I have to say there is something incredibly rewarding with helping someone start on their family tree. I’ve watched and participated in helping a few beginners to the world of genealogy, and these newcomers have taught me a few lessons. To watch them sit down and pen down their grandparents into an otherwise blank family tree made me realize just how small my family tree was when I started. The awe and wonder over a list of a few hundred ancestors are inspiring when I think lazily of doing some work on one of my 2000 forebearers. The recollection of barely-remembered family legends…

Starting from you, from your date of birth and as-yet-unknown date of death, at some point you realized that you know your history. Sure, maybe not all of it. Sure, maybe you ran into a brick wall with immigration papers, criminals, indentured servants, or indigenous peoples, but you know… it’s that moment when you start having a conversation with another genealogy enthusiast and can whip the story of how that early American settler saved that one Indian from the raging band of Mohawks right out of your hip pocket to show that, yes, you are American from way back when or any other of a dozen stories which demonstrate the blood which begat blood which begat… you.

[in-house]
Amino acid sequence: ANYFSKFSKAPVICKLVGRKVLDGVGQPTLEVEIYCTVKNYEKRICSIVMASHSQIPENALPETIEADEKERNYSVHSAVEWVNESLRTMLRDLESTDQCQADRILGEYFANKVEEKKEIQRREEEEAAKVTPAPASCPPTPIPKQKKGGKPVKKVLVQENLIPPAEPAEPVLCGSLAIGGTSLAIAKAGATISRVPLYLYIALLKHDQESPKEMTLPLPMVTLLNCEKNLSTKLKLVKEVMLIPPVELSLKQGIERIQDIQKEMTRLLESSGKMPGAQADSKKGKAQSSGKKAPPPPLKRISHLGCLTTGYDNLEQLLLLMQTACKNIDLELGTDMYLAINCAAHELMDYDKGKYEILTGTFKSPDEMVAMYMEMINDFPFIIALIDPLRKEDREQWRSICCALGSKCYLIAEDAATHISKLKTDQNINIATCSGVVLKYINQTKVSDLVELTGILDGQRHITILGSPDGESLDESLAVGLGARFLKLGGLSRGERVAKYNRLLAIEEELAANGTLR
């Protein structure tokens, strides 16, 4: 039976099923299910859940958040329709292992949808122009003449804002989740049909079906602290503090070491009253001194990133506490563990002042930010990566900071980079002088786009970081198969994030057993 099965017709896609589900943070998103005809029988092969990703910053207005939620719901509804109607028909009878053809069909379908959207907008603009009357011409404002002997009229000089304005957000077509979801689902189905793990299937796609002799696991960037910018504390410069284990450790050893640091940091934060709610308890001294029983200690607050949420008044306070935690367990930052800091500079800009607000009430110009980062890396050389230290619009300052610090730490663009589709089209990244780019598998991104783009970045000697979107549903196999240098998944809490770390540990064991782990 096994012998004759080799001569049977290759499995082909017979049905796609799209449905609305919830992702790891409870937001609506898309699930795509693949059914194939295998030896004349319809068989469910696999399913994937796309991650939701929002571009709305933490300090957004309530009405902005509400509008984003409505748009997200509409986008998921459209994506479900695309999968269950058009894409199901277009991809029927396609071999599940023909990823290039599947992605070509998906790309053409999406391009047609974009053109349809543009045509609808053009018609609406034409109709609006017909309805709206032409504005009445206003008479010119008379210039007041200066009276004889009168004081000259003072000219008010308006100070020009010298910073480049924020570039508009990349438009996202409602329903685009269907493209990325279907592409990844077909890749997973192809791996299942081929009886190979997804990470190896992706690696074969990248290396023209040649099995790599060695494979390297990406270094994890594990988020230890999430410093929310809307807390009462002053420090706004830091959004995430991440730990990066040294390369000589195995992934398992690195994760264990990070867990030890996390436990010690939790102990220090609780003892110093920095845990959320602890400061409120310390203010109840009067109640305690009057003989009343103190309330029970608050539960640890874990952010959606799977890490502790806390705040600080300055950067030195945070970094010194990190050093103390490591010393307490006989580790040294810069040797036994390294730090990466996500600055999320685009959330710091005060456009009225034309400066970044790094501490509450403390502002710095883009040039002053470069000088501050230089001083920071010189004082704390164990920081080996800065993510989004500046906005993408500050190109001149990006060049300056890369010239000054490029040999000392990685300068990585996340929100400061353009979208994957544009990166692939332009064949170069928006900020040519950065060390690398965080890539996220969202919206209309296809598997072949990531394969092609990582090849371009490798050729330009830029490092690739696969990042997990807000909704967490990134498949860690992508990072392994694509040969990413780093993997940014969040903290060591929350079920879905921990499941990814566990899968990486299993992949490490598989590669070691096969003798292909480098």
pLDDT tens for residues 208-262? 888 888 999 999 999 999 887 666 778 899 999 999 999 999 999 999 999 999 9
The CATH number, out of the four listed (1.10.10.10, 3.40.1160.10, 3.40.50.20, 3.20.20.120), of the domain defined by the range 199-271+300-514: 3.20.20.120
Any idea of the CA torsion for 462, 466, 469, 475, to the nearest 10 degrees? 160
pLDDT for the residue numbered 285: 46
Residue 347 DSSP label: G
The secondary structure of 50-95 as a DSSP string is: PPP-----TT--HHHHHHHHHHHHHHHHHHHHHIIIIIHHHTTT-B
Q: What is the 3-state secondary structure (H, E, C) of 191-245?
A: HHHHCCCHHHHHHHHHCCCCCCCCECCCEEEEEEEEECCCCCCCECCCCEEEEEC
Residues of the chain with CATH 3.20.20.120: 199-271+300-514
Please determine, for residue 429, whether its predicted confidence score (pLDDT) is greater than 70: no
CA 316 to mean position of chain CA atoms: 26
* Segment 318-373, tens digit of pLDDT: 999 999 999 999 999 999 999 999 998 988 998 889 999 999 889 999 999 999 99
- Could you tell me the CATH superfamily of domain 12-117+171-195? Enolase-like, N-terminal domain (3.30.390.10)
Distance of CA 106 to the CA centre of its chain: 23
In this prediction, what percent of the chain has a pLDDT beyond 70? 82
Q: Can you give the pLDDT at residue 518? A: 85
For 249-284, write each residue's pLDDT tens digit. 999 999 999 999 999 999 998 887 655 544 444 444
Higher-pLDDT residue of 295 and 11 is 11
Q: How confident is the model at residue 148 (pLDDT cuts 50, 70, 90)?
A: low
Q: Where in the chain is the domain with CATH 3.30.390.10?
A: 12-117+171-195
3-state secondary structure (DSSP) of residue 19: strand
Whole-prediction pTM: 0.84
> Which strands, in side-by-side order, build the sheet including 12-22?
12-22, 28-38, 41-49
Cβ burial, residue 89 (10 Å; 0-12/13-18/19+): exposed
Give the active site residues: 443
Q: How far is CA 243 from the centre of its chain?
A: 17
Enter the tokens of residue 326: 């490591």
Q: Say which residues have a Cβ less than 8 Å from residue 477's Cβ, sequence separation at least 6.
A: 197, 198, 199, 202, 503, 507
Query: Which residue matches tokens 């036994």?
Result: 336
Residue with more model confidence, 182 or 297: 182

Perhaps helping the newbies out makes us look back on our own journey, remember the time before we realized it was all connected., and recall that naive joy of discovering that first someone in the family tree who has their own wikipedia.com page.

Maybe you don’t have a friend you can con into this crazy hobby. Maybe your relatives start glazing over when you launch into impromptu history lectures on the Jacobite Rebellion, Norman Invasion, or English monarchy drama and how it relates to a (multi-x) grandparent. But you have trod the side roads and back paths of history tracing the steps of your ancestors and that is something truly incredible. So look back to the beginning of your journey. Remember the blank slate you started with and look at all the details and dates you’ve built since. Whether your family tree is 28 or 2,800, know that your history is valuable to you, and the starry-eyed optimism of a beginner reveals the hope of things you have accomplished and even the feats you have yet to achieve.

And that’s the beautiful thing of emerging from the soil as a sapling in this journey of trees and branches… it doesn’t matter how tall you get – you’re still reaching for the sky! There are so many details you have yet to find, so many stories yet to uncover. If you don’t find it, someone else might, and I bet they’ll upload to a genealogy website it soon. Keep the faith, adventurer, and carry on!

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